Tuesday, April 28, 2015

Three Pictures Ride

Last week the weather was casting a sentimental eye back at winter. "Oh, how I miss those sub-freezing nights and chilly grey days," it seemed to be saying. "Where are the cosy fleece jackets and the smoke rising from the chimneys? Where the sharp sleet and the flurries of snow? I'm not quite ready to let them go...."

The weather got its wish, but only for so long.


By Sunday things have warmed up beautifully, and I'm ready to hit the road. Between the recent inclement weather and a minor health problem, I haven't been on the bike for two weeks, and it feels as though spring is passing me by. This is my chance to catch up on events in the natural world.

Energy levels are low, so I promise myself an easy pace with no pressure to take photos. If I can get three good ones, I'll be happy.

The first thing to catch my eye is a white birch reaching pale arms to the sky, hoping to catch the moon in its branches:

Miles later, after a short swoop downhill, I pass a sandhill crane standing in a little stream. I turn around, hoping he won't panic and run (or stalk) away before I can snap his photo. He cranes his neck a bit (ha! bird pun!), keeping a wary eye on the strange creature pointing a little box at him, but stands still long enough for me to get several shots. This is the best of the bunch:

Soon after, it's time to turn around and head home. I pass an old barn and see a little calf standing on the sunward side, catching some spring rays:

The photo quest is fulfilled.


There are other interesting sights on the ride, food for thought (but not for photos):

A one-horse sulky pulls out of a farm driveway just as I pass. A man holds the reins, and next to him sits a little girl in a helmet. Does she have special needs, or just very careful parents? I wonder, and wave to them, and keep riding.

Four very handsome chickens cross the road ahead. Two black, two deep-russet colour, all beautifully healthy and as free-range as they come. Do their owners worry about them getting hit by passing cars? Or is that just a chance for a chicken dinner?

My shadow rides on in front of me, and I wonder why it always looks so much skinnier than I do. I wonder why the county doesn't keep this highway in better repair. I wonder why corners are always so gravelly, and why drivers can't keep their wheels on the road when they make the turns. (Don't they realise that cyclists have to ride through the mess they leave behind?)

I wonder when the wild plum will bloom, and whether the lilac crop will be good this year. I wonder if the calf by the barn is still standing in the sun, or whether it's gone to look for its mother. I wonder what has happened to the three horses that used to graze in a certain field. I wonder if I'll ever stop feeling nervous when a loud car passes me from behind. I wonder why the weather website said the wind was 6 mph and north, when it's obviously 10-15 and west-by-northwest. I wonder what the frogs are saying as they sing the marsh to sleep.

I wonder....

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What do you think about when you're outdoors? :)

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Sunday, April 26, 2015

Spinnaker Baby Hat - a Free Crochet Pattern

Are your crochet projects mostly girly ones? Mine are. But I never bothered to ask myself why, until Taci's Hats for Brazil came along. That's when I noticed: the sweet little lacy hats seemed to fly off my hook, but when it came to crocheting hats for boys, nothing looked quite right. Why should this be?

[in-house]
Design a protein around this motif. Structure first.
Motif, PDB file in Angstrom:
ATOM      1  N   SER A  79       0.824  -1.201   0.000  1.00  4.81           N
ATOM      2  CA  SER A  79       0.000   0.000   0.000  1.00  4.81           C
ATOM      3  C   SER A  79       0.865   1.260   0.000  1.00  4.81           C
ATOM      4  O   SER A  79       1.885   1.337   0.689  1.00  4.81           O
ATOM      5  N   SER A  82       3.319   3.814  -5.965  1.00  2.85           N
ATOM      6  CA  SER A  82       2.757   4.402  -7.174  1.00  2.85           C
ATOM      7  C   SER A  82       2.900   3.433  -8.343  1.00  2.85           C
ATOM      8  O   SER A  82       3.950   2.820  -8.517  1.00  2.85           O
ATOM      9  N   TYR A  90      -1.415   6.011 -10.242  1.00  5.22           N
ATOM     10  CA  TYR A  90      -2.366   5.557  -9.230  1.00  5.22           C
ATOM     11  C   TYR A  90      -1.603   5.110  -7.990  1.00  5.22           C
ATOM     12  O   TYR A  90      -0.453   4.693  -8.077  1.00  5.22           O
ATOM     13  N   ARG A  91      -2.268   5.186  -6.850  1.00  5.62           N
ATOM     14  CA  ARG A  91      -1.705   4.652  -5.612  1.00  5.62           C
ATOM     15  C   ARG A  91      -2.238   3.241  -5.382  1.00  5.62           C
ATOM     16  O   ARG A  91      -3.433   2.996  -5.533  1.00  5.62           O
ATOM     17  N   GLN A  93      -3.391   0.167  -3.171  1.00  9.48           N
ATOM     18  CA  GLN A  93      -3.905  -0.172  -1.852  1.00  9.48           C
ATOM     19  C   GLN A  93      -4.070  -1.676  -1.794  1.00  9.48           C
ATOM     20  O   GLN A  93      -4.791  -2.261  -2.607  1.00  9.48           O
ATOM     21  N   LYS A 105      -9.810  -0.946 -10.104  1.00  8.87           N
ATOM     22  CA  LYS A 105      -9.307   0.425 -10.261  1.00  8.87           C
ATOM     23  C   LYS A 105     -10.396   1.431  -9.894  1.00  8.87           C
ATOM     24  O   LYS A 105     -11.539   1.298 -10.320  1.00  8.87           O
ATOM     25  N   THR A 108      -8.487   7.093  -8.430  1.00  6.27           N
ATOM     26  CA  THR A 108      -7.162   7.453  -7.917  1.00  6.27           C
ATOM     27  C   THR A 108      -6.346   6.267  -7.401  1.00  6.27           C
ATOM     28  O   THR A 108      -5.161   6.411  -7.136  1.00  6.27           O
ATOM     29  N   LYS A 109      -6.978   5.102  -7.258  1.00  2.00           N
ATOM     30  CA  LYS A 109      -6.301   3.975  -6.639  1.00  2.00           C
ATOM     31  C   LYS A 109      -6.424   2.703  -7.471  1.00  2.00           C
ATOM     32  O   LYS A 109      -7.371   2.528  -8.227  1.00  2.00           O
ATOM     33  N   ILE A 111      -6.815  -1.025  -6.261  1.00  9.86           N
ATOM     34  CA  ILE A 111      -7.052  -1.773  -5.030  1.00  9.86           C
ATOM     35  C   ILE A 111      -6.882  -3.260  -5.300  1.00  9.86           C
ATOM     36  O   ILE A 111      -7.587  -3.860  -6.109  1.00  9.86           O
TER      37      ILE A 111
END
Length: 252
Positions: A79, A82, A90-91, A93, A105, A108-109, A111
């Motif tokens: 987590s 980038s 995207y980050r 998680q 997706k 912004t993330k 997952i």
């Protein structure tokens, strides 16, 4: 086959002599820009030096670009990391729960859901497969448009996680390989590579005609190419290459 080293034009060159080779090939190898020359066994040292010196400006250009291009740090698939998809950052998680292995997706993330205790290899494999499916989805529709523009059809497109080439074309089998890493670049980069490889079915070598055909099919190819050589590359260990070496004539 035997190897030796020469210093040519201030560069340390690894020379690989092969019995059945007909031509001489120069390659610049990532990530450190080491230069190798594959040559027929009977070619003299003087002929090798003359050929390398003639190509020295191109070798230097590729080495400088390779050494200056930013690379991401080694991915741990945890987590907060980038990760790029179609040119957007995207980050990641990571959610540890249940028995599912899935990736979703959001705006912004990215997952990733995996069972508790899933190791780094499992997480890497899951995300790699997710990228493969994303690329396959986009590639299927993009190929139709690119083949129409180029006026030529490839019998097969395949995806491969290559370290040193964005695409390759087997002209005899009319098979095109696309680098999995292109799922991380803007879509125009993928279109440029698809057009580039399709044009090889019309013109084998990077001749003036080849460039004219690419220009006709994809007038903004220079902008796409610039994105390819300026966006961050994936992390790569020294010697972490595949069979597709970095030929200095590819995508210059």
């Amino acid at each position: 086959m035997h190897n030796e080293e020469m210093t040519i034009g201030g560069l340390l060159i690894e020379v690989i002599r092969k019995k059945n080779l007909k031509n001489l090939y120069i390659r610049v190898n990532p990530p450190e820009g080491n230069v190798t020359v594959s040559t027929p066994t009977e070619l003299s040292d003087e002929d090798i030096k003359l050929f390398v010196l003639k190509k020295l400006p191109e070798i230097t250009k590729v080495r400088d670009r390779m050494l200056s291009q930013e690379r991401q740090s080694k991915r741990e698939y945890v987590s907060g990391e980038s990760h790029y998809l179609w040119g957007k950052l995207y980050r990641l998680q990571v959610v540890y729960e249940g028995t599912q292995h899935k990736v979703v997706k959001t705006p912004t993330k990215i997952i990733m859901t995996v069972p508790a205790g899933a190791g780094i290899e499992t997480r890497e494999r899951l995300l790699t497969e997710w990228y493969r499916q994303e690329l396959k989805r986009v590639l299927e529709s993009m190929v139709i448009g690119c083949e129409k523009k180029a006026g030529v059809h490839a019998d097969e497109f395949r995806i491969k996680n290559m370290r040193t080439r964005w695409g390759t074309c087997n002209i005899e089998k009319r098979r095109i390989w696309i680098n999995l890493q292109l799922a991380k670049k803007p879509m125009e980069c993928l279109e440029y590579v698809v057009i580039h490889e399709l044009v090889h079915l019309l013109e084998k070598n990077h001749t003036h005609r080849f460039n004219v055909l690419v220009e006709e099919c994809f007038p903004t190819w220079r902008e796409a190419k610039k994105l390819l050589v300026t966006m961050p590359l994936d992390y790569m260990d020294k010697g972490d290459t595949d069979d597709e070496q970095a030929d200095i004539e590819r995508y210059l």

After thinking it over, I realised that to me, crochet just looks feminine. Even the individual stitches have a kind of willowy grace that suggests femininity.

So designing this little hat was in the nature of a challenge to myself. I wanted to see if I could come up with a boy-appropriate (but not boy-exclusive) crochet baby hat. And here it is:

Simplicity and texture were the keywords for this project. Spinnaker is made entirely of half-double crochets - what could be simpler than a one-stitch hat? But one-stitch doesn't have to mean one-dimensional. Spinnaker has plenty of interesting (and gender-neutral) texture, which comes from combining traditional hdcs with hdcs worked in the back horizontal bar.

A counter-clockwise swirl gives movement to the textured stripes and a satisfying symmetry to the crown.

Spinnaker features 2 band options: a striped band and a textured band. (Pattern for the textured band will be given in the next Spinnaker post.) The stripey band makes a great colour playground, and looks pretty darn cute with button embellishments:

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Some Technical Details

Spinnaker can be made in any size, from any yarn weight. But (for baby hats at least) I think it looks best in a sock or sport-weight yarn, especially the luscious Z-twist DesigningVashti Lotus yarn* used in the crown of Yellow Spinnaker.

Here are the stats for my sample hats:

Yellow Spinnaker, 14" x 5½ tall"
Gauge: About 5 sts and 5 rows per inch in back-bar hdc
Body: about 80 yards (1 Snack-size ball) of DesigningVashti Lotus (sport weight) colour Lala Yellow
Trim: about 18 yards each of DesigningVashti Lotus, colour White Blaze, and Elegant Yarns Angelic (sock weight), colour Sea Blue
Hook used: US G6/4mm, optional F5/3.75mm for final row of band

Blue Spinnaker, 14¾" x 6 tall"
Gauge: 5 sts and 5 rows per inch in back-bar hdc
Body: about 95 yards Elegant Yarns Angelic (sock weight), colour Sea Blue
Trim: About 20 yards each of DesigningVashti Lotus in White Blaze, and Cascade Yarns Heritage Sock, color Red
Hook used: US H8/5mm, optional G6/4mm for final row of band

*Yes, this is a Shameless Product Endorsement, but I'm not receiving any compensation for it. Last summer at the CGOA conference, Vashti kindly gave me two Snack-size balls of her lovely Lotus, a Z-twist yarn created especially for crocheters. Lotus is a cotton-rayon yarn that gives beautiful drape and amazing stitch definition to crocheted projects. I've been saving my Lotus samples, waiting for the perfect design to come along - and Spinnaker was that perfect project. Thanks, Vashti!